Data science and changing mindsets at the Office for National StatisticsMarch 20, 2018
A year on from the formal launch of the Data Science Campus at the Office for National Statistics (ONS), Peter Fullerton, Deputy Director for Planning and Resources, reflects on how the frenetic start-up and growth of the Campus has changed his view on what can be achieved.
In May 2016 I had just finished an intensely hectic spell in ONS’s Finance Directorate, preparing our 2015 Spending Review bid and negotiating the financial settlement for the following four years. What next? I was ready for a new challenge. But when I got the call suggesting that I could work on starting up a new “Data Science Campus” at ONS, I knew that would be madness – a venture so ambitious it would surely fall short of its high expectations. “Well at least talk to Dave Johnson,” they said ….
Over a coffee I was rapidly persuaded by this fast-talking Irishman that this could be fun for at least a couple of months, if still insane. Dave had a background in tech start-up companies and had previously been part of the leadership team that set up Google’s European HQ in Dublin. I had been at ONS for nearly 15 years and a career civil servant mainly in the Government Statistical Service (but with a well-hidden anarchic streak). Neither of us were actual data scientists, what could possibly go wrong?
We soon had government funding for two years, a start-up plan, a couple of people recruited from within ONS and had moved into temporary accommodation by the beginning of September. With other parts of ONS giving us both the support and latitude we needed, we were soon up and running with a hugely successful Apprenticeship programme which attracted 140 applicants for eight places. We launched a framework for a new MSc to be run at three partner universities from autumn 2017. We also signed collaboration agreements with over a dozen universities, including all of the member universities of the GW4 Alliance, as well as other institutions at home and abroad.
Our research projects also kicked-off in September, with the help of Mango Solutions who guided us in our early work. A couple of recruitment campaigns were run before Christmas and, through good fortune as well as judgement, we brought in some new data science expertise to ONS and started half a dozen short-term data science research projects where everything seemed to be in place, largely prioritising pace over strategic fit – the important thing for us was to start learning fast.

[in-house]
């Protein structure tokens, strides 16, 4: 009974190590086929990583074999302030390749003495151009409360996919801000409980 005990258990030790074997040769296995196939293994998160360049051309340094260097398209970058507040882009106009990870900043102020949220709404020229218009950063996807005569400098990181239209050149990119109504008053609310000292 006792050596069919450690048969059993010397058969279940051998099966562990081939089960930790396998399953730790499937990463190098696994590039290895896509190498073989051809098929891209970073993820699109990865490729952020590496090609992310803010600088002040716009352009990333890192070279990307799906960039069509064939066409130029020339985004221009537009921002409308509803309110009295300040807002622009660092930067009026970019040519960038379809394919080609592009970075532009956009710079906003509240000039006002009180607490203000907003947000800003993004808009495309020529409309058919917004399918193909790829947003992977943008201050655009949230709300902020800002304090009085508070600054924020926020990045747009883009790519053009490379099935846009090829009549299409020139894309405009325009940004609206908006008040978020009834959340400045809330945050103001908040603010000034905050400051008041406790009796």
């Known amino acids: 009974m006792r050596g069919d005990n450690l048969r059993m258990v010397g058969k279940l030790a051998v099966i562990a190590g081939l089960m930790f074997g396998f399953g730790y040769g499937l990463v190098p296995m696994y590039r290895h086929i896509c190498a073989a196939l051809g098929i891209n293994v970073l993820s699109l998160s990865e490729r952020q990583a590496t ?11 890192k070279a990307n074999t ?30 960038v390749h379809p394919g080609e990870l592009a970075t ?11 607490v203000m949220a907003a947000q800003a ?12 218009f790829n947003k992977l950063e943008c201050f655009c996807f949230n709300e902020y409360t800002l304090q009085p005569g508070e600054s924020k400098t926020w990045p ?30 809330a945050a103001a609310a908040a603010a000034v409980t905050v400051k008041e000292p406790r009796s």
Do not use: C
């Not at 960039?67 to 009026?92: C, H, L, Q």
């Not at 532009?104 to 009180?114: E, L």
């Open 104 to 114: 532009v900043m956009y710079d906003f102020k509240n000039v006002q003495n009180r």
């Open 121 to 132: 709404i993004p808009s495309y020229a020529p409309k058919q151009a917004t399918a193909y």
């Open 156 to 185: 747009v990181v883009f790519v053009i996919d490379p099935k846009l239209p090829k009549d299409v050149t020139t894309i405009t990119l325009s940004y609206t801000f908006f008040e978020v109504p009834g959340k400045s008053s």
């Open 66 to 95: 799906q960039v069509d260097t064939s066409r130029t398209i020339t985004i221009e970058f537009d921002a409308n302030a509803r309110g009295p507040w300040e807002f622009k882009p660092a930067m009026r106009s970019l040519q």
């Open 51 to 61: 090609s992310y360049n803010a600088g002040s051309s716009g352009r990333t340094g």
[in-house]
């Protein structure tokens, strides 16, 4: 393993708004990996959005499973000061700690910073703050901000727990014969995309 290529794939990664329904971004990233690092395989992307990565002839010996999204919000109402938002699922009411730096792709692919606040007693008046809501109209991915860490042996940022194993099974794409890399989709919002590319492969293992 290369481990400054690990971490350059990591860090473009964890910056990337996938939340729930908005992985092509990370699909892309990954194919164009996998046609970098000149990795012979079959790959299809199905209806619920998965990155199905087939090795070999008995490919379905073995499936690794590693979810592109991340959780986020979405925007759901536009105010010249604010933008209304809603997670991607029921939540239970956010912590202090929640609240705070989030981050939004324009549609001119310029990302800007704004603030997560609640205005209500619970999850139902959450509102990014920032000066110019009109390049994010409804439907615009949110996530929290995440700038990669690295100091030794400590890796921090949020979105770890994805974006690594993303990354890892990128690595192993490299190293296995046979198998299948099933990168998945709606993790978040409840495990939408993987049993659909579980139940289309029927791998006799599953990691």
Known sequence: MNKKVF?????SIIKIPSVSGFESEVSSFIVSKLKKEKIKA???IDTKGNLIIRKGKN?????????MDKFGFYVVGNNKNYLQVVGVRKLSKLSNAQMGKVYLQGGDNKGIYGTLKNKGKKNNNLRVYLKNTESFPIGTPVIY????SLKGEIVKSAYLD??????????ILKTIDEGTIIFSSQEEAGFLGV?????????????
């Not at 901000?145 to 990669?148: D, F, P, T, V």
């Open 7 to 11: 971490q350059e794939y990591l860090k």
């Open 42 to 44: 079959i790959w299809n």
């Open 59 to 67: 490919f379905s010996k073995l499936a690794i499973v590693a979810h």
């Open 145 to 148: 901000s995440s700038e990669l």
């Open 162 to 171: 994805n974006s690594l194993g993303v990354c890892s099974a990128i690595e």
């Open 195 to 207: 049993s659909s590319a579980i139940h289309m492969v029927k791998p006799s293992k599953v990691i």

With Tom Smith, our new Managing Director, arriving from Oxford Consultants for Social Inclusion in January 2017 and Louisa Nolan joining the expanding team as Lead Data Scientist in February, we quickly built up even more momentum. We entered into new partnerships, kicked off more research projects – this time with a more strategic overview of our priorities – and further developed the learning routes we were able to offer.
Our formal launch on 27 March 2017 was a pivotal occasion for us – 130 external guests and three UK Government Ministers joined us for an impressive data science showcase, with our own data scientists demonstrating their work while several of our partner organisations presented the kind of data science outcomes we were seeking to emulate. The event took place in the new-build Silicon Valley-style Campus, sitting on the roof of ONS’s Newport office – a space that had been a building site just days before: a physical symbol of the confidence and pace with which the Campus was evolving.
I was asked by a journalist from New Zealand, writing for a public sector magazine, what my biggest challenge had been in helping to set up the Campus. “Changing my mindset”, I replied. As a civil servant you spend much of your time identifying risks and barriers, which is important but can also mean that you end up looking for why things can’t be done. To be effective in our work we need to start from the premise of “Why not?”
The recipe for start-up success within a public corporation? I don’t know how portable what we did here in ONS would be to other organisations and environments. Among the key ingredients were a clear drive plus support from the top of ONS to move at pace and to be different, a Greenfield site with no legacy outputs or systems to worry about, core funding so we didn’t have to focus on bringing in more income and some good early external hires mixed with some very able folk from ONS with the ability and enthusiasm to get things done. It is also vital to accept that you don’t have all the answers, and to reach out to people for help and inspiration: we weren’t afraid to shamelessly copy what works elsewhere. We partnered with industry and academia to help jump-start our operation quickly, and we continue to draw on their expertise as we grow and develop.
A year on from our formal launch and we are moving into a phase that Dave Johnson calls our “difficult second album”. With future funding confirmed and more recruits about to join us we now have to realise good intentions and take forward the early progress we have made to make a real impact for public good. But based on the last 12 months, I know this in no longer “madness” – we can achieve such lofty ambitions.